- Having a workforce – for GPs they need to be on the performers list
- Having clinical records
- Being paid for delivering a service
General practice has suffered from a failure in all three areas. Capita was awarded a contract and were expected to deliver a service that included maintaining the performers list (this includes new entries as well and retaining those who are on it), moving clinical records between practices when patients move practices and also for a system of paying practices or deducting money for pensions etc.
Over the last 18 months most practices and GPs have been effected in one of these areas, whether that is difficulty in getting on the performers list, inadvertently being removed, clinical records taking far too long to be transferred, payments for trainees not being made and pension deductions for salaried GPs not being take and/or incorrect sum being taken (this names but a few).
The LMC has been working with CCGs, NHS England, HEE and Capita to try and resolve the difficulties ASAP. We believe most of the issues with the performers list and notes transfers have been resolved. Progress is being made on the payments to practices but this is too slow and it is unacceptable that practices are having to wait months for payments that are due. The LMC is continuing to put pressure on those responsible to resolve this situation.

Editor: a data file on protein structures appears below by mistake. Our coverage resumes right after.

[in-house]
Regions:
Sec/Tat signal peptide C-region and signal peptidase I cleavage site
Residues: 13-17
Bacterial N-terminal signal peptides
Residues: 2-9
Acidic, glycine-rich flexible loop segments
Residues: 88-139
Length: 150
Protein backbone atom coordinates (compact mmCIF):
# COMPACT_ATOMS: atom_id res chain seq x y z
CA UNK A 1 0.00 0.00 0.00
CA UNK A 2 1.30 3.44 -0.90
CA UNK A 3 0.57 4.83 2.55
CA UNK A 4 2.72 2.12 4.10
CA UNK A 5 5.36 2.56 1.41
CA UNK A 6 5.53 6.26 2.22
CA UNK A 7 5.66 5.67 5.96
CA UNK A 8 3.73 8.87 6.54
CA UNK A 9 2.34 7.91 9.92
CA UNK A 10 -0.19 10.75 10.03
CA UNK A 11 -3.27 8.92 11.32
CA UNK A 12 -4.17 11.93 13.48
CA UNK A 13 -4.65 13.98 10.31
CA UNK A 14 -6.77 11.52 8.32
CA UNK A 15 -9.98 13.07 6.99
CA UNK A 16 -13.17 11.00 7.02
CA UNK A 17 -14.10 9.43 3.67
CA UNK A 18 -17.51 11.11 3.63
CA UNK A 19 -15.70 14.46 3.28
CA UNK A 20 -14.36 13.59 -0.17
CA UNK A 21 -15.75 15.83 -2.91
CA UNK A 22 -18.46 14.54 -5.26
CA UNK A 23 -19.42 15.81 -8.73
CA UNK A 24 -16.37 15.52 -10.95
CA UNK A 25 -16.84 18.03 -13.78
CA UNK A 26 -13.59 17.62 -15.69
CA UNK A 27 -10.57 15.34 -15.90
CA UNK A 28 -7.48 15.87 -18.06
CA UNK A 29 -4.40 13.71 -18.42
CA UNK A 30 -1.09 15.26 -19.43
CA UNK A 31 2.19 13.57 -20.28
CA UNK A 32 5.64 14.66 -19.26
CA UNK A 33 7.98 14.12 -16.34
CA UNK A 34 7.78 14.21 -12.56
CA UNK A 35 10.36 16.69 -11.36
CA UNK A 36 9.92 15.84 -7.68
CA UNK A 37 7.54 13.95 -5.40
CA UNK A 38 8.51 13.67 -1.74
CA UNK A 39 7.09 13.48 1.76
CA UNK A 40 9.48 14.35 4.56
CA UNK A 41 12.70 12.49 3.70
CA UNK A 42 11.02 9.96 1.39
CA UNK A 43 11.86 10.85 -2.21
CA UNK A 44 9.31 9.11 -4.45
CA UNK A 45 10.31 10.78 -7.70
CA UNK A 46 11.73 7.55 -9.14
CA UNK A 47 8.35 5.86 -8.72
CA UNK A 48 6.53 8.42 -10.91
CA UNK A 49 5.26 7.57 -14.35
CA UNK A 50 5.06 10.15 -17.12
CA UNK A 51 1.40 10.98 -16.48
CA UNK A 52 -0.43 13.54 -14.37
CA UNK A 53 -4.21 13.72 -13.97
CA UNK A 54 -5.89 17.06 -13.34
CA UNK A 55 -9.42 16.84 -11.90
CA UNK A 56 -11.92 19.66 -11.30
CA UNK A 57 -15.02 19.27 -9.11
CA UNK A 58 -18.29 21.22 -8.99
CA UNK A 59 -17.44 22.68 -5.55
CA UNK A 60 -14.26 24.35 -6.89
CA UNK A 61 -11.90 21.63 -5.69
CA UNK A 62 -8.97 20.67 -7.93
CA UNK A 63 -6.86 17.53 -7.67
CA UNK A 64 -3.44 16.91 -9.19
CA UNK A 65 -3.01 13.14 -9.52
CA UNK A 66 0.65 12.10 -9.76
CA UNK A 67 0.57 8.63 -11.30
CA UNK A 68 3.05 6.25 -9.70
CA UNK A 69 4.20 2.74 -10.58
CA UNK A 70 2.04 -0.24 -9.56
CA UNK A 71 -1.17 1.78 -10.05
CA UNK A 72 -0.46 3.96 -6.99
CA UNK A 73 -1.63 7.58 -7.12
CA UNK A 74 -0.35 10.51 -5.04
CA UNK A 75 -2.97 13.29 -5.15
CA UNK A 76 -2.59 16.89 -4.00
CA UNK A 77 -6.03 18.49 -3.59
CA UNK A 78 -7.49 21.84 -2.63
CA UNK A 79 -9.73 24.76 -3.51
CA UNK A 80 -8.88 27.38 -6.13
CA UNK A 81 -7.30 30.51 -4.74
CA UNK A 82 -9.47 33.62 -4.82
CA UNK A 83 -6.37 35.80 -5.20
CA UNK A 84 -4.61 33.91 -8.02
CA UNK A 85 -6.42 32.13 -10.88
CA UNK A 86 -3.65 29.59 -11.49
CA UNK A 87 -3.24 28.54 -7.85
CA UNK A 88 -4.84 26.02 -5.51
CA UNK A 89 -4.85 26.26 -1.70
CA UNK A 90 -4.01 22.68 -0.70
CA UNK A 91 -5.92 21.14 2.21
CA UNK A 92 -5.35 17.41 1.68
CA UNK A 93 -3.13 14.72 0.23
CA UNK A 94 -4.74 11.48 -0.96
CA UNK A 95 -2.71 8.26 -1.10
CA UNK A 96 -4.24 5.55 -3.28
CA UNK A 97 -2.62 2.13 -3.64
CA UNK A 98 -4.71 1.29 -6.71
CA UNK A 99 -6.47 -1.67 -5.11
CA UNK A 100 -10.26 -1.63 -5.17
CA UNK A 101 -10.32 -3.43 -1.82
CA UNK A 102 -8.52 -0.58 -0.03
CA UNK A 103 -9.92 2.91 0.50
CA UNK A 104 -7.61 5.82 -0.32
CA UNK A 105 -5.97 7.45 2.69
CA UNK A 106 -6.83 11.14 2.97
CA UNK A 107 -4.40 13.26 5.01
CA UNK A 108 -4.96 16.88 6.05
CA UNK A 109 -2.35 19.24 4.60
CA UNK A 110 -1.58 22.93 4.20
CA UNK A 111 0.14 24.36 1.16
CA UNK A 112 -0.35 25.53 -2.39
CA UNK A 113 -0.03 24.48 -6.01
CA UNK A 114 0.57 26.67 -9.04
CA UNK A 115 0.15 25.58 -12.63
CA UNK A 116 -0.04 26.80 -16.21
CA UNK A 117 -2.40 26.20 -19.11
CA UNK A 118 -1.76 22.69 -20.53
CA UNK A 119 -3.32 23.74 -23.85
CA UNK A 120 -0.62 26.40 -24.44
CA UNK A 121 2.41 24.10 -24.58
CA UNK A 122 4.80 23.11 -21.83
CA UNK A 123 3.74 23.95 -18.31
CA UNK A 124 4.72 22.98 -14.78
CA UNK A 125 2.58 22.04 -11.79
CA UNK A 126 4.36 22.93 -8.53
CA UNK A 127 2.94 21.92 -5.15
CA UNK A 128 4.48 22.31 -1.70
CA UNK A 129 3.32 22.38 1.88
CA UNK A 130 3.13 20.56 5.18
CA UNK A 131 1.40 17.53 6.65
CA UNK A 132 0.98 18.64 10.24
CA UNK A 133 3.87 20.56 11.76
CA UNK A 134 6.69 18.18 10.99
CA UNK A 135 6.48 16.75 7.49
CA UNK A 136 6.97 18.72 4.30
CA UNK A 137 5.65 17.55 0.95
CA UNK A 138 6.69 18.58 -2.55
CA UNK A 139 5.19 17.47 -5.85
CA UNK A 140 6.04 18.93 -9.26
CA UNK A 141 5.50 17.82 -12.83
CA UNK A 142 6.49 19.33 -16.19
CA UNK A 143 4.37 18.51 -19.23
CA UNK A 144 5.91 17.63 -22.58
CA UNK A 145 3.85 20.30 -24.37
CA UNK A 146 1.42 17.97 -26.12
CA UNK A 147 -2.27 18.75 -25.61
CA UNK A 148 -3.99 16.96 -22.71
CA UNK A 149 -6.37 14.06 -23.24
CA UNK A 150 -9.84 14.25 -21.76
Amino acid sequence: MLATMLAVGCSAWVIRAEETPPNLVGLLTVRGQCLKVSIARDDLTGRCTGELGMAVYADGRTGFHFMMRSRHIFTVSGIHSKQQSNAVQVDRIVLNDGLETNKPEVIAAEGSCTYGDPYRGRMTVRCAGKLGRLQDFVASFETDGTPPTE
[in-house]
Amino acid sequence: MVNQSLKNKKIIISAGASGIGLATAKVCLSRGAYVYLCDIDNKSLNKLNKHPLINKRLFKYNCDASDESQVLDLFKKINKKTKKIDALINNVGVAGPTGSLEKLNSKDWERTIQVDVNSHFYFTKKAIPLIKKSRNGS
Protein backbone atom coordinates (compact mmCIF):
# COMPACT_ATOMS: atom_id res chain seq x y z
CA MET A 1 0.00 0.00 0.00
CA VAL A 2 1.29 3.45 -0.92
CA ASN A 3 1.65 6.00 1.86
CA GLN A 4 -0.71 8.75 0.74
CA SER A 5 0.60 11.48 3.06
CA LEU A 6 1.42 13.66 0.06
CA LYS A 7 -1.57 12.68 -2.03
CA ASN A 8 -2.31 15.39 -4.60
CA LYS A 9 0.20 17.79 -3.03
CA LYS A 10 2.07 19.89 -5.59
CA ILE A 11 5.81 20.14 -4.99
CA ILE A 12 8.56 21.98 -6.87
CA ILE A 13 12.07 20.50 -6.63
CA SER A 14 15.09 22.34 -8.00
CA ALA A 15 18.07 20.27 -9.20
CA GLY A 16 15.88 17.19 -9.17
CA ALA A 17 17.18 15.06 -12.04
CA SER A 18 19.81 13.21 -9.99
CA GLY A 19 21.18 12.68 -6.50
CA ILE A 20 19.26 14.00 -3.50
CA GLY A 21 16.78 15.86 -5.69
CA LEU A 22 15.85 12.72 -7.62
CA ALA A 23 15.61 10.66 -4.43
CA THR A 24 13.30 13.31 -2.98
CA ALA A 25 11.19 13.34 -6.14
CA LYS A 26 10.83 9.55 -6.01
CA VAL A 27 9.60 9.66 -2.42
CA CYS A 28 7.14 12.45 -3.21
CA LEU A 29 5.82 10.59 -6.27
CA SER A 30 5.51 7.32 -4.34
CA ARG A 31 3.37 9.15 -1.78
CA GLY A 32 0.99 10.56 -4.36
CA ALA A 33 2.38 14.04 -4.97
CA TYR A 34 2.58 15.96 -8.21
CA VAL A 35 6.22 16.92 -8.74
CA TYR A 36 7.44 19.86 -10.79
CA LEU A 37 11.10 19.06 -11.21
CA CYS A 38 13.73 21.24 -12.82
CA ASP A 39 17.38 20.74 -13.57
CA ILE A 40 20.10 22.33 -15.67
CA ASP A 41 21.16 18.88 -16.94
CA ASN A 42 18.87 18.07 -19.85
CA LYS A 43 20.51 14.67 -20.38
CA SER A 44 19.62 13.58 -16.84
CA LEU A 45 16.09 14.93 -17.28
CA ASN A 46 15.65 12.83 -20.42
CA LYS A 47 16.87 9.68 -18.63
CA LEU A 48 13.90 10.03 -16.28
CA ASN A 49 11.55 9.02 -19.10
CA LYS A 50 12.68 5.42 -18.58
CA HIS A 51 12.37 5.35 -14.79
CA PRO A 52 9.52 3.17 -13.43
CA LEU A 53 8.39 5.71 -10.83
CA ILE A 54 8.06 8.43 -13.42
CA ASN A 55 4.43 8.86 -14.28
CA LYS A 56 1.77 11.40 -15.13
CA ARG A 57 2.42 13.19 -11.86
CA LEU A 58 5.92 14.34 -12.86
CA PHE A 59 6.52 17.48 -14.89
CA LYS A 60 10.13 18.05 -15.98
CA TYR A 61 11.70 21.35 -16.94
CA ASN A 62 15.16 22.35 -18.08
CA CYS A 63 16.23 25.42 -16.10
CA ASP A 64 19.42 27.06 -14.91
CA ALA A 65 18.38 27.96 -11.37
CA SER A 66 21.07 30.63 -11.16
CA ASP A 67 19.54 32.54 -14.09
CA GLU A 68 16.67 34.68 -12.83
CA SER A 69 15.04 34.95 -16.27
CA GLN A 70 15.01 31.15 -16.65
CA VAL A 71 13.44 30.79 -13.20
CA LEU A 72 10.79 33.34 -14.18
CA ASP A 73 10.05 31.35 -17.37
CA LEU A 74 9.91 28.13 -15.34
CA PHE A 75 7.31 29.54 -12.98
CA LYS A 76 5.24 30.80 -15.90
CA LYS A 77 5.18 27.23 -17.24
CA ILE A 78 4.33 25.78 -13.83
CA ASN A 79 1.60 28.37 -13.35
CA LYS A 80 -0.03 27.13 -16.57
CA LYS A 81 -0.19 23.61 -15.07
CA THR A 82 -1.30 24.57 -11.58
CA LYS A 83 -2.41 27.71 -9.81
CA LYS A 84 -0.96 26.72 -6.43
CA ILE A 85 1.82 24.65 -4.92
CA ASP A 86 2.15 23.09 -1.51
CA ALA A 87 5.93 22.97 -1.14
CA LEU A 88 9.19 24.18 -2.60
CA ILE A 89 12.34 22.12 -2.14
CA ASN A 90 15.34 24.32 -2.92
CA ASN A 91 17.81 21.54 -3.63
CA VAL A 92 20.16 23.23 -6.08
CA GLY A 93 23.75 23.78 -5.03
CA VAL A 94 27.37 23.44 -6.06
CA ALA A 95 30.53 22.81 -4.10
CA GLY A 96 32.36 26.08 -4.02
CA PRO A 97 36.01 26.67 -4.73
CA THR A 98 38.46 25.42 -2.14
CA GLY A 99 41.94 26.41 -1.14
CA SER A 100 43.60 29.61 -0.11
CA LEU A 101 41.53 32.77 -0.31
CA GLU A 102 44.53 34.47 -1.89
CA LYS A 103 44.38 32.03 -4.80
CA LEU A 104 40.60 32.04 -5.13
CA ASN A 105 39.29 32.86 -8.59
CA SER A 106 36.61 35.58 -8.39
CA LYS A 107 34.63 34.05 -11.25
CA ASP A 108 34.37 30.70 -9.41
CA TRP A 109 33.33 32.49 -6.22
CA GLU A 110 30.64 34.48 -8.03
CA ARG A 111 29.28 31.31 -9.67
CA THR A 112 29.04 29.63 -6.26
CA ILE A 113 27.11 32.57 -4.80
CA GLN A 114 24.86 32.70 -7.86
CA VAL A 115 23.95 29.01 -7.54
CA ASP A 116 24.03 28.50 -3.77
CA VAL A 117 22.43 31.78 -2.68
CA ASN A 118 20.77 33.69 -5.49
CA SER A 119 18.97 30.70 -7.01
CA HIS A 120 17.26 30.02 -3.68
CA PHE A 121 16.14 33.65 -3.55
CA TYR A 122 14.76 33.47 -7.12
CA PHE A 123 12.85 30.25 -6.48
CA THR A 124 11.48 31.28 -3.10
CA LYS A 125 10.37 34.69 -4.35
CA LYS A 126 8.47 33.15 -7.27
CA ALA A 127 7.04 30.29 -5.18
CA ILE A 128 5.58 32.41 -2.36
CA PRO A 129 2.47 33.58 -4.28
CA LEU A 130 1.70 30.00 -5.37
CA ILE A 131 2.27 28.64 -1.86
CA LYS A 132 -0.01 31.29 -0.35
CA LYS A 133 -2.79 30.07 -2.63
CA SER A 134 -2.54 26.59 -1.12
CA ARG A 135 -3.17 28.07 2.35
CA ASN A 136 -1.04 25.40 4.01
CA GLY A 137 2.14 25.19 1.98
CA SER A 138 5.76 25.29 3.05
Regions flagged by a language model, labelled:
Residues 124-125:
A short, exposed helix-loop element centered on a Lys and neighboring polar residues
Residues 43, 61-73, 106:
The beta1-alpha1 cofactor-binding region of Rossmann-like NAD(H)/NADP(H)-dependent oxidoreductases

Pensions - there has been considerable problems with Capita not taking the correct pension contributions, particularly for new GPs working in practices whether they are partners, salaried GPs or trainees. The LMC has been working closely with practices and Captia to resolve these issues.
Locums - many locums have also been affected by the pensions issue and sought the LMC's help, many of these GPs have not been members of the LMC as they did not think membership of the LMC was important for them. We would encourage all GPs to be members of the LMC, if you are a partner in a practice or a salaried GP working in a practices then you are a member as the practice pays an annual levy. All we ask is that locums pay an annual fee of £50 which is tax deductibleclick here - if you are a locum and not a member and reading this email, perhaps you should consider joining! for more information.
Practice Manager Supporters
What always impresses me is the dedication, quality and enthusiasm that exists in our Practice Managers. As GPs, I really do not believe that we give enough credit to Practice Managers. They are one of our most valuable resources, and their commitment and determination needs to be recognised by us all.